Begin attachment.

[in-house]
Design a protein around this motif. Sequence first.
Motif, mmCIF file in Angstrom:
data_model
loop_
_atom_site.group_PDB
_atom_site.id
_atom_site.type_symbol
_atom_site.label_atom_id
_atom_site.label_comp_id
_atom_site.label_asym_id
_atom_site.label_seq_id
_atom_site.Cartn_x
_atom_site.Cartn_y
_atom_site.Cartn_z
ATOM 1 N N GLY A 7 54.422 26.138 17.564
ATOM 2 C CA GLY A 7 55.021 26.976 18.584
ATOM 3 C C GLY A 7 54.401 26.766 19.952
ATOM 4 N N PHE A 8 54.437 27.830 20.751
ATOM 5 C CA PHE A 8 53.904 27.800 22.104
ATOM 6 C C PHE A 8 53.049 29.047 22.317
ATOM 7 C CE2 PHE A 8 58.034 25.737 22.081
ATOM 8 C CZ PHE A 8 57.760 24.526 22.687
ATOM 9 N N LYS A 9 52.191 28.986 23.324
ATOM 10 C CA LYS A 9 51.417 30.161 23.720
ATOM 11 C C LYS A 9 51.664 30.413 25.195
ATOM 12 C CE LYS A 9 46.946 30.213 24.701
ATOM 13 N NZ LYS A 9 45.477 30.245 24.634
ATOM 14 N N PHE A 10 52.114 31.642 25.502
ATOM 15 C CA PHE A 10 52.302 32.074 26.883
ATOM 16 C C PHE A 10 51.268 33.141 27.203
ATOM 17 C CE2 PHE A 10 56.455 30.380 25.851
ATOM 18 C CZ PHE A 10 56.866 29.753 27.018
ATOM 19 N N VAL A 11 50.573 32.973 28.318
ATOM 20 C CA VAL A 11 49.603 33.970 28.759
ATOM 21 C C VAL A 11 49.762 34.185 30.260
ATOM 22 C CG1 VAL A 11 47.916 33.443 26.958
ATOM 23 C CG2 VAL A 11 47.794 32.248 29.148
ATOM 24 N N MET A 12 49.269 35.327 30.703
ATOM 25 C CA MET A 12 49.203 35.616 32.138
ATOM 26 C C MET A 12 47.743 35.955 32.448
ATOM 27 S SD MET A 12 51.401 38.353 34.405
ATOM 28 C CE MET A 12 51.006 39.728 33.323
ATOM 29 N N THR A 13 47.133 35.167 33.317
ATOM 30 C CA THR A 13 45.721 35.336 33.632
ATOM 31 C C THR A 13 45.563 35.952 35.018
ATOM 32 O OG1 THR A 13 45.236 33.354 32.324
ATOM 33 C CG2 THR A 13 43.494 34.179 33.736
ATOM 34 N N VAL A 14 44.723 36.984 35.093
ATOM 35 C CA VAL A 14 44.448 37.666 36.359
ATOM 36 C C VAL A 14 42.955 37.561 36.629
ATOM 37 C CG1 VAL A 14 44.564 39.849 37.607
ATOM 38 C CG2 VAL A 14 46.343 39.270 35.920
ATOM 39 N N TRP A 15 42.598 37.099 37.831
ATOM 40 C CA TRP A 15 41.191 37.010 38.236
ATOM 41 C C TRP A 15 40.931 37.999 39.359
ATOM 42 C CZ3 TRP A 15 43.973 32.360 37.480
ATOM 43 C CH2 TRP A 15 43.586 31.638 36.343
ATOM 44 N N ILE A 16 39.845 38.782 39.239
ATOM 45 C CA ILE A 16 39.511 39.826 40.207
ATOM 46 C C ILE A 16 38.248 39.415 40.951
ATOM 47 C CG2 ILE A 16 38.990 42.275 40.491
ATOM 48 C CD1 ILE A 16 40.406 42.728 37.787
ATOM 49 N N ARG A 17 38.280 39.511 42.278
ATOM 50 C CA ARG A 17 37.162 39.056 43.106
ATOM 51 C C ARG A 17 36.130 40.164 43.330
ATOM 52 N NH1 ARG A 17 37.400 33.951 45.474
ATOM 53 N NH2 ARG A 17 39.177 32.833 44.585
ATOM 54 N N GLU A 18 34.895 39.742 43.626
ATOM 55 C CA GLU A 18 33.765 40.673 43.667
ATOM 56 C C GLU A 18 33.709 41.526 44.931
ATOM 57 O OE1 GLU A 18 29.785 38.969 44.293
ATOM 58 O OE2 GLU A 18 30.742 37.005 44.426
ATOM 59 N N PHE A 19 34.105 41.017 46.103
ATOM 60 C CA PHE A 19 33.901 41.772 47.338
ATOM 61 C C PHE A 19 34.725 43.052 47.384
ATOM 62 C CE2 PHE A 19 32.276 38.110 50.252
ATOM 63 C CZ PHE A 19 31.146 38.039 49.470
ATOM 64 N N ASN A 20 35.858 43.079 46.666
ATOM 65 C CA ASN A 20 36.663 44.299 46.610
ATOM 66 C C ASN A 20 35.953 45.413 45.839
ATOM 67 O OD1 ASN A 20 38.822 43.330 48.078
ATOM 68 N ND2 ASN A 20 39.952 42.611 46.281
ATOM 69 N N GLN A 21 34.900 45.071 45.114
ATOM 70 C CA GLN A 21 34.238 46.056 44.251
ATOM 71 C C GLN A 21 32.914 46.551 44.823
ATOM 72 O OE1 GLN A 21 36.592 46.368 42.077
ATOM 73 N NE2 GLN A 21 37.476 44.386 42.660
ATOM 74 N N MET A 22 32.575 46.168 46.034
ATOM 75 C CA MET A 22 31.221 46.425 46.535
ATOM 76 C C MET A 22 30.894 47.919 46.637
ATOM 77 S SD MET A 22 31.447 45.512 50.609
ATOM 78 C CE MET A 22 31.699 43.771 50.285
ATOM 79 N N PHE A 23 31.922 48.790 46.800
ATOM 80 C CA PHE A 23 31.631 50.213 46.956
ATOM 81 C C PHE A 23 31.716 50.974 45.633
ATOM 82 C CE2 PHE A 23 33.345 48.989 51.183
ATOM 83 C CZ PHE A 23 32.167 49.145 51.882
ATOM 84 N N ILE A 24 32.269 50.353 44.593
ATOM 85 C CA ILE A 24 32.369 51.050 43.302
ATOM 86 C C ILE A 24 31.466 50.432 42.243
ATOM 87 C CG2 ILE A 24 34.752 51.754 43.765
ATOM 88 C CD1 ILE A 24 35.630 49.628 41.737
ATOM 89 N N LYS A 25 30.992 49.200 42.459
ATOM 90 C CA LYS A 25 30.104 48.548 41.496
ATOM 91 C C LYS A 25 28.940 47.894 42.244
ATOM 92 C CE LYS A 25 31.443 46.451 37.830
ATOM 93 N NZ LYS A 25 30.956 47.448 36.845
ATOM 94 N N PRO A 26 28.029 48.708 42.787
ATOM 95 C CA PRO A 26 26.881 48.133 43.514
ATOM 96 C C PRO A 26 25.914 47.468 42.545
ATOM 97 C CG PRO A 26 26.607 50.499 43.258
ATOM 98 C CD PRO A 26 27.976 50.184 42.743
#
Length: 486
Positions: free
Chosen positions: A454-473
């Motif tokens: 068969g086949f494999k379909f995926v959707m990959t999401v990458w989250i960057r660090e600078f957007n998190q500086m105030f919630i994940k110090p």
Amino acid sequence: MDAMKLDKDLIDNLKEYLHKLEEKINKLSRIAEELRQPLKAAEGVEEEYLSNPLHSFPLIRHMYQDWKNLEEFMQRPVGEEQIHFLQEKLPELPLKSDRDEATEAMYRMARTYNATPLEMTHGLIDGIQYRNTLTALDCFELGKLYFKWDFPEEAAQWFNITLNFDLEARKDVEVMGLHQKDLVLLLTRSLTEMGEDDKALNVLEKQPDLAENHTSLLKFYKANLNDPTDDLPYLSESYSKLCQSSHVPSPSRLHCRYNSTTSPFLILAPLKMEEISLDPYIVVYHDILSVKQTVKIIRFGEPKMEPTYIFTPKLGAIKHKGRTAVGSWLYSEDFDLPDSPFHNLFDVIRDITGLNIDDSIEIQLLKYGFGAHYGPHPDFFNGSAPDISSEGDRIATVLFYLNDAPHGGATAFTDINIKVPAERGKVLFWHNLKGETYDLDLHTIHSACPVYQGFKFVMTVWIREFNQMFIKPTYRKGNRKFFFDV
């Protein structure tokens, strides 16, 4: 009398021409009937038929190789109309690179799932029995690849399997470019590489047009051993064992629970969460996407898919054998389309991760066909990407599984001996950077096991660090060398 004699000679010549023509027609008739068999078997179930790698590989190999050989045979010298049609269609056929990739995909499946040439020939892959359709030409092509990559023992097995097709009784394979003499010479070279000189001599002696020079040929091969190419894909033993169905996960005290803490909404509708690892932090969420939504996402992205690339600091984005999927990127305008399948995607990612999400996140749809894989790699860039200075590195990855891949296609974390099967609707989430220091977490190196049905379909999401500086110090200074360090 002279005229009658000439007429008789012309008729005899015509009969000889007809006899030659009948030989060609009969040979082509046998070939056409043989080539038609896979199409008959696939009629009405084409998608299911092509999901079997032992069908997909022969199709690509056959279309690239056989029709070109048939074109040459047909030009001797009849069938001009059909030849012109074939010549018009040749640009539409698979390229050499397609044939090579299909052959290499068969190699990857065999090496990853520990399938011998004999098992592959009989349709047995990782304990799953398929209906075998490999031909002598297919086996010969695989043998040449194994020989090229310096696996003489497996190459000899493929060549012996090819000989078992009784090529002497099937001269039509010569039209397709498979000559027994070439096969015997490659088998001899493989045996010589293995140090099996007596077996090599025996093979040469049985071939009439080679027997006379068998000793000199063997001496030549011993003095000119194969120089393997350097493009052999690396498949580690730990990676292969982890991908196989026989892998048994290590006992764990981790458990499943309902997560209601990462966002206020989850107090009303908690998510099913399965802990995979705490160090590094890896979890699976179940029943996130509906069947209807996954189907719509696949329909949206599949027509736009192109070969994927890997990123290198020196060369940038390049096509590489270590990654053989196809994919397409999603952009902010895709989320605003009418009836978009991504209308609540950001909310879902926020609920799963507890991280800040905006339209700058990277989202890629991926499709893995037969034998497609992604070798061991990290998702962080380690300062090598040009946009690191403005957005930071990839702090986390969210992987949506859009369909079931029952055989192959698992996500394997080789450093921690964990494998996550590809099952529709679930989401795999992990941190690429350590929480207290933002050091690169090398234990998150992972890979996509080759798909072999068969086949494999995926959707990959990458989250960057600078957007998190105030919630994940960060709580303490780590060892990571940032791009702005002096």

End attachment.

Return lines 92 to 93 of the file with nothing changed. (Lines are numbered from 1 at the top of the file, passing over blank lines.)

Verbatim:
ATOM 77 S SD MET A 22 31.447 45.512 50.609
ATOM 78 C CE MET A 22 31.699 43.771 50.285